Sounds fantastic and impossible? Not as much - all that is working out box now, and moreover is very simple. Let's take a look on how that works and what is involved.


FXM is an applications shipped out of box and is available from Launchpad - just a usual SPEAK application. As soon as it loads, you'll get a management screen to register external websites. Clicking Add External Website will load you the following screen:


What is required on that step is to provide a hostname for external website and add one line of code into external website pages - a javascript reference for a beacon:


So, it stands obvious that you need to have an access to modify the code of pages on that website. Normally you'd do that for all pages, so it makes sense to modify some master layout or any sort of global header.

One important thing to note: external html should be properly formed, otherwise there will be an error. Saying properly formed I mean just opening and closing tags for html head and body, as minimal as:

<!DOCTYPE html>
<html lang="en" xmlns="http://www.w3.org/1999/xhtml">
    <head></head>
    <body></body>
</html>
After that done - it becomes possible to open that external website with Experience Editor. And here you can perform:
  • tracking of external website into xDB
  • create placeholders before, after or instead certain html elements on external website
  • having Sitecore-controlled placeholders it is now possible to append components from Sitecore there
  • components from Sitecore can be literary everything, even WFFM forms (however not yet in current version)
  • cleaning up, replacing or extending original content from external website
  • apply customisation and / or personalisation to external content, controllable from Sitecore
  • set goals


It is essential to understand that those features work due cross site scripting called CORS, so certain limitations should be taken off, other wise it won't work

After site has been created at /sitecore/system/Marketing Control Panel/FXM/External you need to open that node and create a rule in order to match the same domain. Without doing that it would work only in Experience Editor, but not on the live website.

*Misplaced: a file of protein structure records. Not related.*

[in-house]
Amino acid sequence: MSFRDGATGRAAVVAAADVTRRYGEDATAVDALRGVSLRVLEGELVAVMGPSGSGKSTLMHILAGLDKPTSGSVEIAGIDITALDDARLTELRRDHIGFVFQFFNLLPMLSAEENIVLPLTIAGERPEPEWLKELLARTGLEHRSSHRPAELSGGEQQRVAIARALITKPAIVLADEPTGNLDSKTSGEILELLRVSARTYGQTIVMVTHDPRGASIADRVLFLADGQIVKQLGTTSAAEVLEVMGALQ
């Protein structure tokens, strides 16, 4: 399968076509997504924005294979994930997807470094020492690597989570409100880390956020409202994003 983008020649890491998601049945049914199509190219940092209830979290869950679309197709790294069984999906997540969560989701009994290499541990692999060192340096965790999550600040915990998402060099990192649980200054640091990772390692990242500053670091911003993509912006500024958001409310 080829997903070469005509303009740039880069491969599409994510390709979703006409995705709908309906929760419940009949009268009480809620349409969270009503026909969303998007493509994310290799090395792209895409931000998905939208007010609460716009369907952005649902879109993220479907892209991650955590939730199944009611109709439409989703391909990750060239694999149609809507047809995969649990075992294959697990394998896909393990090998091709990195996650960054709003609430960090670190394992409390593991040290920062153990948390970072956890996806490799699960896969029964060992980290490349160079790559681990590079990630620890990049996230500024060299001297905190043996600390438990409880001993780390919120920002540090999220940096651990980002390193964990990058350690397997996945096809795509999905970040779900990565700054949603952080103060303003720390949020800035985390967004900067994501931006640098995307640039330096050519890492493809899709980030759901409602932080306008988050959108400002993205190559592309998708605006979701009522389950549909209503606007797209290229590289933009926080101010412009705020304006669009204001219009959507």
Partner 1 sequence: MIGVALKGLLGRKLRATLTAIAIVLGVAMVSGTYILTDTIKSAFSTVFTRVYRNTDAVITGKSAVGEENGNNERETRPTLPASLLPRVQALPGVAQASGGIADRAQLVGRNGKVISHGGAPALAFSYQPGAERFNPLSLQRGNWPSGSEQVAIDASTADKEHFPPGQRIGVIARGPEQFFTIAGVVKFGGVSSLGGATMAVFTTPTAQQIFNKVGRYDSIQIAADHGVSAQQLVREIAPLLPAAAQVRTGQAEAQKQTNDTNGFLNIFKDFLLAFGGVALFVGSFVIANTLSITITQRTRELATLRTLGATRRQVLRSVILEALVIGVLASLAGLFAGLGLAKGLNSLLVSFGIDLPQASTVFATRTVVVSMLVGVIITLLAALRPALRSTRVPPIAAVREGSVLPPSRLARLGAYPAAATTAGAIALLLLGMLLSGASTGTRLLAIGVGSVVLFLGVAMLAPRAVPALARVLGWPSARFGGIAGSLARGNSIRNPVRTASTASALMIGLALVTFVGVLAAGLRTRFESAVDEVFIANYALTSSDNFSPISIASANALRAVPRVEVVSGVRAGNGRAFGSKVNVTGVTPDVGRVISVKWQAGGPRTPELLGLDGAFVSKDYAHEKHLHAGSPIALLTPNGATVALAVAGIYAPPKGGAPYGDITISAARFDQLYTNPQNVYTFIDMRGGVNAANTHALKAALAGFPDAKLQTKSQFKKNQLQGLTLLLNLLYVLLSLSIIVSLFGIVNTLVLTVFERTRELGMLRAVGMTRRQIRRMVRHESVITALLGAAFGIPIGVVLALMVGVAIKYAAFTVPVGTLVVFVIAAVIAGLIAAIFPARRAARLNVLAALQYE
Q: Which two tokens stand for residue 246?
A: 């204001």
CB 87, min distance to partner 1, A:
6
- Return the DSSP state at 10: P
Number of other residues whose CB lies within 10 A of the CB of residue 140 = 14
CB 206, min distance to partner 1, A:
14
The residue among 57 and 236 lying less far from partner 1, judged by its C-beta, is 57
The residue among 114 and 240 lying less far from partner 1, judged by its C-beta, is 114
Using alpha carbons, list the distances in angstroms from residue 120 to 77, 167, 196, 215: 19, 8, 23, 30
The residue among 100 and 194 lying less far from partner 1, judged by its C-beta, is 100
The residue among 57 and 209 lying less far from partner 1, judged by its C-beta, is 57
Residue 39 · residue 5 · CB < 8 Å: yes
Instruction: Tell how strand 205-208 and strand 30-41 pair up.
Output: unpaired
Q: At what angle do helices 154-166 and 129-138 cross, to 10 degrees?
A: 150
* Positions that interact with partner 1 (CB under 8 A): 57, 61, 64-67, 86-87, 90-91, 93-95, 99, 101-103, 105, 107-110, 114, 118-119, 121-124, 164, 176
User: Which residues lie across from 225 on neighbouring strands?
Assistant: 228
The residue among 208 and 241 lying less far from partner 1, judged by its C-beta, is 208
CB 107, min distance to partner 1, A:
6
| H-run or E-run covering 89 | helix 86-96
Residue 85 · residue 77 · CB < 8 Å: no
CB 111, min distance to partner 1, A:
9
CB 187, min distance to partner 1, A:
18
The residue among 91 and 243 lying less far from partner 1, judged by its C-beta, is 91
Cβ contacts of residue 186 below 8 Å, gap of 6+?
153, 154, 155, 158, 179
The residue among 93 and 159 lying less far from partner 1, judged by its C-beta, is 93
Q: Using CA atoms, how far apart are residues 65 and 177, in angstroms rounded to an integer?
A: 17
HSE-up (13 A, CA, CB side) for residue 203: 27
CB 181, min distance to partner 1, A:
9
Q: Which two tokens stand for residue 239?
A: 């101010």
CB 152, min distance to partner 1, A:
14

When opening external website it in Experience Editor, click on Add Placeholder button twice (to get it activated), then click first paragraph. You will see it identified as div with three options on how to insert a Sitecore-controllable placeholder: before, after or replace that div element. Let's choose after, in order to implement sitecore controllable rendering in between those two paragraphs on external website:

After choosing where exactly to implement a placeholder, you'll be prompted to enter placeholder name and select parent website:


Note: licensing is important to mention. FXM works only with new license issued with Sitecore 8, so if you have license file from one of previous versions, it would not have appropriate permission (Sitecore.Federated Experience) for running FXM. For some reasons Sitecore did not implement obvious message telling that you are not able to set a placeholder externally because of license. I spent decent time previously trying to understand why that did not work for me. Please find more details in my answer on StackOverflow for that question.

Once done, there will be last screen, showing newly created placeholder exactly in between those two paragraphs and offering to append a rendering to it:


To make things easier, I have just slightly modified Sample Rendering that comes with Sitecore, so that it now looks like that:
<?xml version="1.0" encoding="UTF-8"?>
<xsl:stylesheet version="1.0"
  xmlns:xsl="http://www.w3.org/1999/XSL/Transform"
  xmlns:sc="http://www.sitecore.net/sc"
  xmlns:sql="http://www.sitecore.net/sql"
  exclude-result-prefixes="sc sql">
  <xsl:output method="html" indent="no" encoding="UTF-8"  />

  <xsl:template match="*">
    <div>
      <h3>FXM-powered placeholder</h3>
      <span>This content comes from Sitecore and is editable with Experience Editor. 
      Other cool features as personalization are also available with FXM.</span>
      <br/><br/>
    </div>
    
  </xsl:template>
</xsl:stylesheet>
That's mostly done! Do not forget to publish your site definition (under FXM node) with children (there will be placeholder item we've just created) to content delivery environment in order to work there. Let's now test it! I enter http://external into a browser and get exactly what expected - there is a sitecore controllable placeholder in between the paragraphs and it has a rendering being set into it:



Opening that in any dev. tools like Firebug will show the following nice and clean code has been rendered:


How to check your license in Sitecore

From time to time you may need to obtain your licensing information, for instance when you need to submit support ticket.

License information is displayed right at the loging screen in Sitecore 6.X - 7.X (as per screenshot below):


Once you need more details about current license, (for example to see which modules you are licensed to) you may find that from two menus (Licenses and About) under Sitecore button in Content Editor:



However Sitecore 8 login screen does not show this information by default anymore. To enable displaying licensing info, you need to change one configuration file switch:

<setting name=”Login.DisableLicenseInfo” value=”false” />

Then you'll get a button that reveals your licensing information, including the License key:


Sitecore button in the left top corner of Content Editor has now become "hamburger" button, but provides all the same functionality:



For me (being a developer), the quickest option to remind the license number is just looking up directly at License.xml file:


Hope this helps!